Brits Pull Citizens Out of South Sudan

Western concern continues to grow with 500 dead following alleged coup.

A United Nations soldier stands guard as civilians arrive at the UNMISS compound adjacent to Juba International Airport on Dec. 17, 2013, to take refuge in South Sudan.
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Western nations continue to pull their citizens out of South Sudan amid continued intense violence caused by what the president considers a coup attempt.

[READ: South Sudan Loses Control of Province Capital]

The U.K. deployed a C-17 Globemaster III to the landlocked country in central Africa Thursday to evacuate British nationals, according to a report from its Foreign & Commonwealth Office. The U.S. Department of State said Wednesday that 150 Americans were flown out of the nation, on military aircraft and a charter flight.

As many as 500 people have died and 800 were wounded in and around the South Sudan capital of Juba, according to the latest numbers, amid clashes this week between groups of forces claiming allegiance to either President Salva Kiir or former Vice President Riek Machar, who was fired with other members of the presidential cabinet in July.

South Sudan achieved independence from Sudan in 2011.

Kiir has claimed the violence is in response to Machar's alleged coup against his rule. Machar has denied such accusations. Others have claimed ethnic tensions between the respective tribes of the two men are to blame.

The British foreign office released instructions to those in South Sudan for how they can request evacuation. As many as 500 have replied, according to The New York Times, after reports Wednesday that the local military had lost control of a town in the northern reaches of the country.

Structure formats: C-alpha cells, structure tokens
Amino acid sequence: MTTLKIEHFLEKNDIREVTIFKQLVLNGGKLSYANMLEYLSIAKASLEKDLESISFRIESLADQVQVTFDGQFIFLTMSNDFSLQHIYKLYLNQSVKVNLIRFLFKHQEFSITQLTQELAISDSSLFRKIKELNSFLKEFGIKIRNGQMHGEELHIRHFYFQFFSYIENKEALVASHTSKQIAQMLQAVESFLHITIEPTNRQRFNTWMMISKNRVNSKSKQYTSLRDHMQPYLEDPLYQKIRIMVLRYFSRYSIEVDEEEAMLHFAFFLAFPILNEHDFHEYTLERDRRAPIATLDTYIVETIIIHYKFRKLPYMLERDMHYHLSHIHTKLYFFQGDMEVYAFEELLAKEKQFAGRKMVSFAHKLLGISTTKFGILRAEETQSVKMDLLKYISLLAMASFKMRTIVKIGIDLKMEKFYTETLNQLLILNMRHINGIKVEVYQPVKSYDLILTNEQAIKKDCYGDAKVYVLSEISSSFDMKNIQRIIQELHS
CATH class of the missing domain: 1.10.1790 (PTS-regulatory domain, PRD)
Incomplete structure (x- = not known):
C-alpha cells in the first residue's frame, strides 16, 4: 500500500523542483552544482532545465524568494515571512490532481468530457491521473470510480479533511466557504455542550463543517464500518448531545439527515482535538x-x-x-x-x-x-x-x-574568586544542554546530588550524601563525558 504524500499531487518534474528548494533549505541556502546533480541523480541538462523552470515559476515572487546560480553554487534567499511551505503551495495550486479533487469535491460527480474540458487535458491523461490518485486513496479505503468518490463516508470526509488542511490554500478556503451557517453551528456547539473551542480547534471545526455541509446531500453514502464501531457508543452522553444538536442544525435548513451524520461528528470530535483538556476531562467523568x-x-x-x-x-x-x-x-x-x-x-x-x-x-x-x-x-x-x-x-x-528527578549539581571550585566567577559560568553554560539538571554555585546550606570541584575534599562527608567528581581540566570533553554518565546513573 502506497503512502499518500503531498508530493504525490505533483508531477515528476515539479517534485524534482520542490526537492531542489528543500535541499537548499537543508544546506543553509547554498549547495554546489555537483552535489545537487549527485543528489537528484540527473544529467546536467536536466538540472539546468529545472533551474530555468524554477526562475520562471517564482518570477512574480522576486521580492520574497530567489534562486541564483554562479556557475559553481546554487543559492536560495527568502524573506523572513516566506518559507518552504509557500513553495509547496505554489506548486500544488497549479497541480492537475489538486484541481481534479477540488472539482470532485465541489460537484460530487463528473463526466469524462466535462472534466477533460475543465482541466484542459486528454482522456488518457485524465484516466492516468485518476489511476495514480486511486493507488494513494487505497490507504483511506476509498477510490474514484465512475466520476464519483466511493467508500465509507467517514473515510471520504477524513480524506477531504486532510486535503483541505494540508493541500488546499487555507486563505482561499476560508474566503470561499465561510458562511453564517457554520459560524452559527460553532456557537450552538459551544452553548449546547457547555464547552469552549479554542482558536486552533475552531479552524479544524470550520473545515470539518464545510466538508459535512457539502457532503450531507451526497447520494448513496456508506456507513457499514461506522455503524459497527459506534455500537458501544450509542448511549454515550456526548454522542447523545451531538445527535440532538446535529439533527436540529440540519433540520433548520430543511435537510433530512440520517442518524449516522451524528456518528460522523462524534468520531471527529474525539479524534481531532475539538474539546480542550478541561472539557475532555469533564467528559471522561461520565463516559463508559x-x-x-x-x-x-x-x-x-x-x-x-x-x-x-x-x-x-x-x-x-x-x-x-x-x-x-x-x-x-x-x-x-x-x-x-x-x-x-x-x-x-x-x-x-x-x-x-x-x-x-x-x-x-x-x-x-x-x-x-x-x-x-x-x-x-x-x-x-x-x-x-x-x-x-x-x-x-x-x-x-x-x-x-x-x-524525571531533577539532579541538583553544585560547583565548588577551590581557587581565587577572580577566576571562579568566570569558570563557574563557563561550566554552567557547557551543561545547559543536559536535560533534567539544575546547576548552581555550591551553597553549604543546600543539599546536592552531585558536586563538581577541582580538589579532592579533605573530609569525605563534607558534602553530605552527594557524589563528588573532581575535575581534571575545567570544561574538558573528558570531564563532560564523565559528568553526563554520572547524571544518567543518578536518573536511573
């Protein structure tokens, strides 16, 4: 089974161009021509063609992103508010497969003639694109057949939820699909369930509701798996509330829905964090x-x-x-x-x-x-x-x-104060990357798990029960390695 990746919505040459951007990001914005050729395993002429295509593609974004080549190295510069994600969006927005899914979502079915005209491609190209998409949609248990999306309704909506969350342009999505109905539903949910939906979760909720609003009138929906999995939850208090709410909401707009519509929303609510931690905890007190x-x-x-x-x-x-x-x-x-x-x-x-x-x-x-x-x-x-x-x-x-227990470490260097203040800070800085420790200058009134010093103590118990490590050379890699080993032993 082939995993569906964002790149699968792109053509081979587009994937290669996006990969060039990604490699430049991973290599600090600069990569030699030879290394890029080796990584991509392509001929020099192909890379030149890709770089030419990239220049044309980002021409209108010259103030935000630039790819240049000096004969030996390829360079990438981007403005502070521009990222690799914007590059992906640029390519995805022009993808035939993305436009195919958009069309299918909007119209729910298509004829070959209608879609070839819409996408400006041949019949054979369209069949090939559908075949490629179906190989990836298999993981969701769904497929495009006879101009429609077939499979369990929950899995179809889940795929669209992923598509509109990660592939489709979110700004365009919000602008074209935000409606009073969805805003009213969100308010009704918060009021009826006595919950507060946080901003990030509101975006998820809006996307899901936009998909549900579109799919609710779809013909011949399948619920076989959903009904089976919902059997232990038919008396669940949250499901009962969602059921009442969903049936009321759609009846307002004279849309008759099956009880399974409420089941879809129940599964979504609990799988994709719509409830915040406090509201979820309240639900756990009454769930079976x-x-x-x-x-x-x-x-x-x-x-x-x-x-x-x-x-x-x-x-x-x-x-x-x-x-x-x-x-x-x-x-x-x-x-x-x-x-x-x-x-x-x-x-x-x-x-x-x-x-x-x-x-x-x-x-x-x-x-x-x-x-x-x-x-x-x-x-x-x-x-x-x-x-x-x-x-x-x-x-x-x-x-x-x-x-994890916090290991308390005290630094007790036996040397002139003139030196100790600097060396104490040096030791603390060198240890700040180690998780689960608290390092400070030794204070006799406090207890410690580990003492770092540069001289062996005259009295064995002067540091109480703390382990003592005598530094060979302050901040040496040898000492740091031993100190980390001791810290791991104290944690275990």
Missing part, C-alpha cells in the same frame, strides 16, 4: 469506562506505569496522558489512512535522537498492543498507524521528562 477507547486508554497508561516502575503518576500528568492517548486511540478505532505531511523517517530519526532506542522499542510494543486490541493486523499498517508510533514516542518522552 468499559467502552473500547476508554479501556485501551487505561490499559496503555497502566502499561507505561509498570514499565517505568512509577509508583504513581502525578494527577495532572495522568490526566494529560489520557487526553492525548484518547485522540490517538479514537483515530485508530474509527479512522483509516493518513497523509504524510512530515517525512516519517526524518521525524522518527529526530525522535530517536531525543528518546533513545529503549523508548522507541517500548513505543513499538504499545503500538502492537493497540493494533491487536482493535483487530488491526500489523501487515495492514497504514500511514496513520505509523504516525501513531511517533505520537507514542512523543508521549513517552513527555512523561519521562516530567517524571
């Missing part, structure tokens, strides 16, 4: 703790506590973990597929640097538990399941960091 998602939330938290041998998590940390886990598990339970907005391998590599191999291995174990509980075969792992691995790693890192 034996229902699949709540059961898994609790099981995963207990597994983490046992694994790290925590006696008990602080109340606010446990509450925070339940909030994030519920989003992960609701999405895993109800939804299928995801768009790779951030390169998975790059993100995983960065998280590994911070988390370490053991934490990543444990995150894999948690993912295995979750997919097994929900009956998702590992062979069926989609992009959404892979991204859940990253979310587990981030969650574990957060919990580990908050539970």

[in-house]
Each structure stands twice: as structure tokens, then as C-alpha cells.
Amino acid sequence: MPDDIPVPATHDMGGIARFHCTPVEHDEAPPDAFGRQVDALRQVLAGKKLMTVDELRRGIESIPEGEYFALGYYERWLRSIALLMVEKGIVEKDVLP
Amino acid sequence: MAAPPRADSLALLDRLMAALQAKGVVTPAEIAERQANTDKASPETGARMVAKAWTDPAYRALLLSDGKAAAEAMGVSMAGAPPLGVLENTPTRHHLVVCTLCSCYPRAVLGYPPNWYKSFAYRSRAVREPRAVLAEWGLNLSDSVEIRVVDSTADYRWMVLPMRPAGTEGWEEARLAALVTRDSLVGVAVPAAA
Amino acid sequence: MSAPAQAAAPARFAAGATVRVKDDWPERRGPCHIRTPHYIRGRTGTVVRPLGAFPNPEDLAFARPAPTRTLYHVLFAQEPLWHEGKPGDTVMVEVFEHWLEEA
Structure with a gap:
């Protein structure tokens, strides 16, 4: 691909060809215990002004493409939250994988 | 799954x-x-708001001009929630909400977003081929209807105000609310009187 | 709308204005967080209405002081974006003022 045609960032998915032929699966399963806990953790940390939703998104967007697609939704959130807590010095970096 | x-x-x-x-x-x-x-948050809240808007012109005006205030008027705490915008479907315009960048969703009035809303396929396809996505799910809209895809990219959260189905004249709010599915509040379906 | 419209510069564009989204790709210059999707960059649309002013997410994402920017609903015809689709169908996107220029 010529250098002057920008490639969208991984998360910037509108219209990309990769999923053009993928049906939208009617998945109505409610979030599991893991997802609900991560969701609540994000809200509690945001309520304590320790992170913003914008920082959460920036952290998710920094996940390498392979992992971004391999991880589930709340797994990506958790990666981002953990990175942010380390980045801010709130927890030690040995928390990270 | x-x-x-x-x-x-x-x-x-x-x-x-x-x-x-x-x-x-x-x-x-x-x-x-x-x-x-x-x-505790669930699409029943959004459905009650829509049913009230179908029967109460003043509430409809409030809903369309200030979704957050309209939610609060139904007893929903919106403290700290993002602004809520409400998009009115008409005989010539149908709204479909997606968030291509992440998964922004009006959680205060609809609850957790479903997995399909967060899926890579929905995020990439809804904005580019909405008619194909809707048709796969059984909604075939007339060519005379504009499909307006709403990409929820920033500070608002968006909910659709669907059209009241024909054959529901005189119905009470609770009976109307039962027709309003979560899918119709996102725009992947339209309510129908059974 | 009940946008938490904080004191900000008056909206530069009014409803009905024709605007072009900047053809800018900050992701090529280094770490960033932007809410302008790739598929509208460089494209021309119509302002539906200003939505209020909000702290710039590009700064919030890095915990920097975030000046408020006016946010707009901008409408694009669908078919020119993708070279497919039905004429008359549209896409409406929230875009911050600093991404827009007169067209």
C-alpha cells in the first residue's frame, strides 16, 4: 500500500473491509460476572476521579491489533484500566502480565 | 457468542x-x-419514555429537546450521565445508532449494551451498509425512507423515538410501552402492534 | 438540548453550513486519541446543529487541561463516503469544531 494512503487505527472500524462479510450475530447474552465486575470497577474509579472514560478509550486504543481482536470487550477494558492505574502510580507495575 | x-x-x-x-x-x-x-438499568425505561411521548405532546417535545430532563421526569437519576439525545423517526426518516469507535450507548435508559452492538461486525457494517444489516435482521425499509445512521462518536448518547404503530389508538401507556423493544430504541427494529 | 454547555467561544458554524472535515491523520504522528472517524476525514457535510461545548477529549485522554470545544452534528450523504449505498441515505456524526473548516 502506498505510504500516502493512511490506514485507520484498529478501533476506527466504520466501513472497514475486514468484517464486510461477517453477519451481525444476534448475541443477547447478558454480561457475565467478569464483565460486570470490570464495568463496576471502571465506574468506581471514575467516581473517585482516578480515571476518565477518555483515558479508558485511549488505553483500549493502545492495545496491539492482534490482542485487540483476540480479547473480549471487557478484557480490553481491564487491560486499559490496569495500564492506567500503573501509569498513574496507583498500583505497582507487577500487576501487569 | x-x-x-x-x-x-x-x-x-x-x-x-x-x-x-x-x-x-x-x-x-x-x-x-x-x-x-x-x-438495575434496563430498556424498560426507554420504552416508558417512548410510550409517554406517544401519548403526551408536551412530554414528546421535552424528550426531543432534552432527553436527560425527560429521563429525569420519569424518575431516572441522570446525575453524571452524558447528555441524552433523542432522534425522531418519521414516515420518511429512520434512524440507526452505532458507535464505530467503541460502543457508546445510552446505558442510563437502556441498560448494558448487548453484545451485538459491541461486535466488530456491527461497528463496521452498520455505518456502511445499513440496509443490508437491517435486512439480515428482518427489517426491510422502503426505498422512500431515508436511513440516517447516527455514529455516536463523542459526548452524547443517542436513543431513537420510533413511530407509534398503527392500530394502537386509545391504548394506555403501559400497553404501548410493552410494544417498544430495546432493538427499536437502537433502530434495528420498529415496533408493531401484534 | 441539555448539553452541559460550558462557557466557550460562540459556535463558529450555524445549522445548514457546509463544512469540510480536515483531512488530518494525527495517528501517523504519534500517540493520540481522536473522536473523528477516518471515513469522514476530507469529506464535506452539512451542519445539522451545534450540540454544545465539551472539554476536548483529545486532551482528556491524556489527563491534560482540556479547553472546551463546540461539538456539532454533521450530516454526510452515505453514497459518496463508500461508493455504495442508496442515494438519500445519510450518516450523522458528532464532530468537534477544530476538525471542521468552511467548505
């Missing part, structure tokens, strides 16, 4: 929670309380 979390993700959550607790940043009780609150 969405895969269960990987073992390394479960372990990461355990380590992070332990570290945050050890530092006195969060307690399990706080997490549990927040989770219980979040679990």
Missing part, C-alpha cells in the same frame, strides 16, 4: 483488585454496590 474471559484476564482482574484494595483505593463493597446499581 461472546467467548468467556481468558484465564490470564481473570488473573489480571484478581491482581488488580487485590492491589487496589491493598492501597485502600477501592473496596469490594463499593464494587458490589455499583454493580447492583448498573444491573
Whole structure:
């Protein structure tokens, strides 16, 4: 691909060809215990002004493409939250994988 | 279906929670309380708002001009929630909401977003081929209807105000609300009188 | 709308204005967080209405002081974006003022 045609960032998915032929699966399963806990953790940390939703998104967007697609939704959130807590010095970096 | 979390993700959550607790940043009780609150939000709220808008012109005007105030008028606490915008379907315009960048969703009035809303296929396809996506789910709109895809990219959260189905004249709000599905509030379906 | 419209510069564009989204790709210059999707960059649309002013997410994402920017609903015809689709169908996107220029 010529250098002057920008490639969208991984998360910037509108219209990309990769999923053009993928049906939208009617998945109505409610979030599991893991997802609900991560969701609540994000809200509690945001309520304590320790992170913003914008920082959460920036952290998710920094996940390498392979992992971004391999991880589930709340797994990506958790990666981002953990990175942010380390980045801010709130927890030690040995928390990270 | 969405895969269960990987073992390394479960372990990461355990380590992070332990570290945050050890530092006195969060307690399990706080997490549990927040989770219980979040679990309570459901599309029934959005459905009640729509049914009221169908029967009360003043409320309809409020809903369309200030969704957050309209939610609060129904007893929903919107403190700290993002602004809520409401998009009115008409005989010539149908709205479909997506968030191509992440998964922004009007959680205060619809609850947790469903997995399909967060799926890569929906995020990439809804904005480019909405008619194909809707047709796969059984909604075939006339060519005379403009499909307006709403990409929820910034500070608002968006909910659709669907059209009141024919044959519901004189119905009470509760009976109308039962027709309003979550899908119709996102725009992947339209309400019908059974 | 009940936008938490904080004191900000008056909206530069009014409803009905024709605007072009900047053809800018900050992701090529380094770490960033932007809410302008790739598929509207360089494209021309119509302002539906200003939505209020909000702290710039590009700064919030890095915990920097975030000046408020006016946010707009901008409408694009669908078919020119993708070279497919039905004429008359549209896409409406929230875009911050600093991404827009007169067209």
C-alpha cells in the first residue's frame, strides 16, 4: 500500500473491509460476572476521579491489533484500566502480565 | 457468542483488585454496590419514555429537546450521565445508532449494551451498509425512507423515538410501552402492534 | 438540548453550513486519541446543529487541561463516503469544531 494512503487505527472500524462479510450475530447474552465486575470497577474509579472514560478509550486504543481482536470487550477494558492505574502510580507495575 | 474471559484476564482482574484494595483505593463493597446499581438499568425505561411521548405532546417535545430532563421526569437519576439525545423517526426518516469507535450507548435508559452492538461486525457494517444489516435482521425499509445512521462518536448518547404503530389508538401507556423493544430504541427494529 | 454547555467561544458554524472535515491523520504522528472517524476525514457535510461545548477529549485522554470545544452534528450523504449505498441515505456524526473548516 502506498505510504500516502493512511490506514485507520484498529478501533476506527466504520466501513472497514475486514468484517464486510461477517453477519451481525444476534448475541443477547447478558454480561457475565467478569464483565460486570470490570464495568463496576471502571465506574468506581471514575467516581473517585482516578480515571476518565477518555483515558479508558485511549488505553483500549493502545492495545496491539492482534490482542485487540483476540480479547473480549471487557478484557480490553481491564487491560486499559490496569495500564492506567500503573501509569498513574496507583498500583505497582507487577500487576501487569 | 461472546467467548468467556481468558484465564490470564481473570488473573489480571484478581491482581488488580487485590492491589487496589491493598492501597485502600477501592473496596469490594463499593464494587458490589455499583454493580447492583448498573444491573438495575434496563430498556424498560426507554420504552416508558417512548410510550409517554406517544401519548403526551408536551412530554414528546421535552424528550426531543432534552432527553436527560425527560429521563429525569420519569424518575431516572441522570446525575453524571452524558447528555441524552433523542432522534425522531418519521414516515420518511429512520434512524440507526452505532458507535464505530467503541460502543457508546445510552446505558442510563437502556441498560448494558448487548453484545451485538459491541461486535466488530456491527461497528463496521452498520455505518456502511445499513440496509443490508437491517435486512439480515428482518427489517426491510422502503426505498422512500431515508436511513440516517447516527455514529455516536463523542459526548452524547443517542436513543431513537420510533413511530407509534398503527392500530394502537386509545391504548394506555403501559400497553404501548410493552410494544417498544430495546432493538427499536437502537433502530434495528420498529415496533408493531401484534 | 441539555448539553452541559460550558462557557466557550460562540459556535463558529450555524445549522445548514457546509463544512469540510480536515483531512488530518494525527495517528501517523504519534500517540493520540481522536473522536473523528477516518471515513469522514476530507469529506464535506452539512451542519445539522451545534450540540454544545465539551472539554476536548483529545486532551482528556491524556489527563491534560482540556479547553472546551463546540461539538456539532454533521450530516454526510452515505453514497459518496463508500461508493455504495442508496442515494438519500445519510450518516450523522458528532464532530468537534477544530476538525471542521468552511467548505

U.S. State Department spokeswoman Marie Harf said Wednesday the U.S. urges all citizens to leave South Sudan.

[WORLD REPORT: Will the Next Arab Spring Uprising Be in Sudan?]

"We're deeply troubled by the recent fighting in South Sudan," Harf said. U.S Ambassador Susan D. Page met with Kiir on Wednesday to discuss the rising death toll and humanitarian challenges. He said he would be willing to engage in dialogues with the opposition.

Reports early Thursday indicated that some of the violence had been contained, but the U.N. expressed continued concerns, CNN reports.

"It's a very, very fluid situation, so I don't think the country is out of the woods yet," said U.N. spokesman Joseph Contreras.

Secretary General Ban Ki-moon said he is worried the violence may spread to neighboring countries. South Sudan borders the Democratic Republic of the Congo, Uganda, Kenya, Ethiopia and the Central African Republic, which has experienced its own deadly violence in recent weeks.

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